The lure of celebrity proves too much to resist as industry members rub shoulders with Strictly contestants, reveal their own love of performing and start morphing into famous figures themselves
Don’t touch that dial
The crowd at the launch of Candy & Candy’s new interior design book, The Art of Design, was more celebrity than property last week. Held at Mayfair’s Halcyon Gallery, the event was swarming with the Strictly Come Dancing contingent. Nick Candy’s girlfriend and Strictly contestant Holly Valance was busy holding court alongside her man, posing for photos - not only promoting the book but dispelling rumours of a romance with her dance partner Artem, who also attended. Other celebs spotted included Lulu, Nancy Dell’Olio, David Walliams and a clutch of professional Strictly dancers. Also at the event was Zaha Hadid, one of the few high profile names there who was not also appearing on Strictly. This time, that is. Hadid told Building earlier this year that she missed dancing. You never know what 2012 might hold …
At the same event, there was a strange phenomenon to behold - trays and trays full of canapes. This may sound pretty standard. But at a construction event, the trays are, more often than not, pretty much empty as soon as the waiters have walked through the door. Not at this party. While the champagne servers were mobbed all night, trays of mozzarella and aubergine mousse and lamb kofta bites were circulating continually - often doing two or three laps of the venue. In a gallery full of dancers, models and socialites, in seemed that no matter how small the pieces of food on offer, nobody wanted to risk any additional calorie intake. On the plus side, it made it easier to spot the construction guests - they were the ones trying to rectify the canape surplus situation by eating as much as they could within the time restraints of the event and looking as though all their Christmases had come at once.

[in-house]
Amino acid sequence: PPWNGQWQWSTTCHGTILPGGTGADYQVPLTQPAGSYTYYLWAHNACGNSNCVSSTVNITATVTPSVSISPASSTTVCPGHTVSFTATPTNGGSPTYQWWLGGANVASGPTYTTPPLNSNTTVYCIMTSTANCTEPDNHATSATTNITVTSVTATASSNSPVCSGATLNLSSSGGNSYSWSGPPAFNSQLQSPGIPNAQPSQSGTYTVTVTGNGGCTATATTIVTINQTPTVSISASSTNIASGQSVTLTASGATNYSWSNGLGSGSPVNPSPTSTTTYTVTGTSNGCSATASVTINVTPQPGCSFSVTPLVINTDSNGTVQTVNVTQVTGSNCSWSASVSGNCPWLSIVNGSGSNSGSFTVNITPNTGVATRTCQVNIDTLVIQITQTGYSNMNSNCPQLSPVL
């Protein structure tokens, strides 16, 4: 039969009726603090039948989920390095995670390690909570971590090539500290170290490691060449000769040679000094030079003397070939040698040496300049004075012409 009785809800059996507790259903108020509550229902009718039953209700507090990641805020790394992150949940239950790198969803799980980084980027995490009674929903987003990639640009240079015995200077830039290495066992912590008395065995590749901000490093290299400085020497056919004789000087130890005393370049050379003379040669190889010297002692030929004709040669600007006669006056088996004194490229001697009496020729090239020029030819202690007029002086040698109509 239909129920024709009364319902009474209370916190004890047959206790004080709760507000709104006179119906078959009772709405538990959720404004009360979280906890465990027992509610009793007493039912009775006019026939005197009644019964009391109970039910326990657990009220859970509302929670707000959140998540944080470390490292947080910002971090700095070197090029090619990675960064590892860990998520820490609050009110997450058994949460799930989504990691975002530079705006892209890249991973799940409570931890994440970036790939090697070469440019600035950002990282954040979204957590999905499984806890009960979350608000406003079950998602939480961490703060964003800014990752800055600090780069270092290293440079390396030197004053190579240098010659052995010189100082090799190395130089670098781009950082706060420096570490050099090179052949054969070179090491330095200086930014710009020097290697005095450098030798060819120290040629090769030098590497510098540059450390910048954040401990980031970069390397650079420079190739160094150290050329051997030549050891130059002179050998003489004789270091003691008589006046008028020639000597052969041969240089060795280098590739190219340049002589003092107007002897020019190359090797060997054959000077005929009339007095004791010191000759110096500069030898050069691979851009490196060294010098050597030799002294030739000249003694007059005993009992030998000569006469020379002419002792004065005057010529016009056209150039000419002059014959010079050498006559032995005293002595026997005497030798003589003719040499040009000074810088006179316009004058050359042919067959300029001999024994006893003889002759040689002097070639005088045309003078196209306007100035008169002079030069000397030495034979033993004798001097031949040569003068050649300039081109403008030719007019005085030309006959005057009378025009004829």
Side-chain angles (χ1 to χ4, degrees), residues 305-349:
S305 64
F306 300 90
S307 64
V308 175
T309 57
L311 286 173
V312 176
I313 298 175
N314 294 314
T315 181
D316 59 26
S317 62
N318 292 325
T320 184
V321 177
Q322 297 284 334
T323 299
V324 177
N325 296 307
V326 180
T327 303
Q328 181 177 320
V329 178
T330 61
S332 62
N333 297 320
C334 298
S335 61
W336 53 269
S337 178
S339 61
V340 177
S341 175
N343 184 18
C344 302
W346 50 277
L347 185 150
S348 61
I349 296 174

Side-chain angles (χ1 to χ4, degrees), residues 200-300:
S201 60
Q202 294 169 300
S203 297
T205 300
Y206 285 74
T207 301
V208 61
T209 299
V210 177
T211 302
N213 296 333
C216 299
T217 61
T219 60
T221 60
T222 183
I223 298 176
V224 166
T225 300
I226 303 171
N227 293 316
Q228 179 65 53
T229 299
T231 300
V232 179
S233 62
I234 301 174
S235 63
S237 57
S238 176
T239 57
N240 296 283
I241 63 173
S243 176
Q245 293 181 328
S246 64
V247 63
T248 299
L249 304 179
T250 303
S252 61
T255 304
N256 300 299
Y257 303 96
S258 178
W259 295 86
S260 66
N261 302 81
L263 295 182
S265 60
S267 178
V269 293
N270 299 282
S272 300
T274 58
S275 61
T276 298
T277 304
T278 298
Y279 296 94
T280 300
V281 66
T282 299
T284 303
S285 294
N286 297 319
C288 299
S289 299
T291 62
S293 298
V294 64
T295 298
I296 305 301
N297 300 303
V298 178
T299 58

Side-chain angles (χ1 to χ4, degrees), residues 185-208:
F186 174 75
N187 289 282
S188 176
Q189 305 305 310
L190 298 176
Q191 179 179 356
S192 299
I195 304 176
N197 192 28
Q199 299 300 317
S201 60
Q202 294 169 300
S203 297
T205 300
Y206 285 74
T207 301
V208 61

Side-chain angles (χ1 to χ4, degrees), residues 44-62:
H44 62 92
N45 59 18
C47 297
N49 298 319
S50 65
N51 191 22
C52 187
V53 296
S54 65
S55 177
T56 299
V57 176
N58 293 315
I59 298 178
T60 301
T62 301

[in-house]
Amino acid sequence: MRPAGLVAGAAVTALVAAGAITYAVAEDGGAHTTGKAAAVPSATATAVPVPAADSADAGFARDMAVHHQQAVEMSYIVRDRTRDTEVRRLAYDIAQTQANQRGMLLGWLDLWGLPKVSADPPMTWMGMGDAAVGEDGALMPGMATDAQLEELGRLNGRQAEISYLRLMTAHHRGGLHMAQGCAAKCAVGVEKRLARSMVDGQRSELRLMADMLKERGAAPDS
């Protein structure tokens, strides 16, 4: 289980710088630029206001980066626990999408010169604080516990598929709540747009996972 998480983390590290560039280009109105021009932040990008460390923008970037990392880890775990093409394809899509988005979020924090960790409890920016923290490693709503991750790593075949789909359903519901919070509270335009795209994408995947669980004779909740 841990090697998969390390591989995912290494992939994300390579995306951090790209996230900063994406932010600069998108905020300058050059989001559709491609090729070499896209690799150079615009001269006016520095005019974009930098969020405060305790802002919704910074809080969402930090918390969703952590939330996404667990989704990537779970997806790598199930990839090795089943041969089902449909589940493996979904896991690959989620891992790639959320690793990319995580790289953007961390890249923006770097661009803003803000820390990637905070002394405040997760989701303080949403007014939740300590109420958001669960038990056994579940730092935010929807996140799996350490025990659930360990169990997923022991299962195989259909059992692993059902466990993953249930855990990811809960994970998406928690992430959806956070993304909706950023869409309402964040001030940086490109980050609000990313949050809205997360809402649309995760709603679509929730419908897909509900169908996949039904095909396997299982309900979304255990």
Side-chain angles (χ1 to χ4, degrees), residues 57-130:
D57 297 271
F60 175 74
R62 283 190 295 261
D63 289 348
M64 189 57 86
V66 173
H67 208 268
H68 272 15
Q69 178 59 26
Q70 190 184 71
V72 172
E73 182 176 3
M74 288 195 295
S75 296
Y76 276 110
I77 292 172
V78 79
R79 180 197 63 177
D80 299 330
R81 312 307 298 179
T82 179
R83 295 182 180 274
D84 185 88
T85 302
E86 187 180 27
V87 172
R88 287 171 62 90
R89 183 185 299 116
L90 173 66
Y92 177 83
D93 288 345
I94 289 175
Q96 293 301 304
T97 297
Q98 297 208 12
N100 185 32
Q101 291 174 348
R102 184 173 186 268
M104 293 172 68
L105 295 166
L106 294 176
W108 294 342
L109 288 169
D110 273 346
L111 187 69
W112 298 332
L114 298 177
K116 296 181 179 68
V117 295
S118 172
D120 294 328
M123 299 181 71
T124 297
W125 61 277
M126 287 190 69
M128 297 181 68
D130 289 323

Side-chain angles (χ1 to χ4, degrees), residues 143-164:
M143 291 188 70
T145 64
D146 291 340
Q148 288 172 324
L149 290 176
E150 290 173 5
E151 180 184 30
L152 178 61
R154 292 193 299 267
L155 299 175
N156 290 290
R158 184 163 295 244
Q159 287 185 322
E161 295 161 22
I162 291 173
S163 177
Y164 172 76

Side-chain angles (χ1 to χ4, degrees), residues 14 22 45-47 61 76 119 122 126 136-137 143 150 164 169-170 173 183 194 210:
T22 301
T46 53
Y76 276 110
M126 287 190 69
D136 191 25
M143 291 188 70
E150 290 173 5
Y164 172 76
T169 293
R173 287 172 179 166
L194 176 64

Star of the show
Blane Judd, chief executive of the Heating and Ventilating Contractors’ Association (HVCA), may have spent the bulk of his career in electrical engineering and various management positions - but it could have been so different. Between the ages of four and 11, Judd appeared in no fewer than 32 television commercials as his parents attempted to set him on a path towards an acting career. Judd recalls he also appeared on the front of the Space Hopper box. Very different to his current role, you might think? Not entirely. He says heading up the HVCA still goes some way to sating his love of performing.
Light-years of painting
Visiting the Olympic park to view the tangle of guts known as the ArcelorMittal Orbit sculpture, Hansom became concerned about the issue of paint. Given that the twisting steel tube 2,000-tonne structure is (almost) completely painted red, is there a danger that it could become the modern day equivalent of the Forth Bridge by requiring almost constant new coats? Reassuringly, that shouldn’t become an issue until 2040 at the earliest, given that the paint boasts a 30-year guarantee. I’m also told that designer Anish Kapoor was so determined
to get the right shade he changed his mind at the last minute - opting for a slightly darker hue. Asked why it is red at all, Kapoor is said to reply enigmatically “because it is red”.
Building’s front cover in the wake of the Arcadis/EC Harris merger raised a few eyebrows around Building Towers. Since when, my colleagues asked, had Hollywood actor Donald Sutherland been in charge of the £1.3bn-turnover Dutch consultant? It looked like the Don’t Look Now and Invasion of the Body Snatchers star had been sitting in for Arcadis chief executive Harrie Noy. Is there something spooky afoot with this deal? Building would like to know.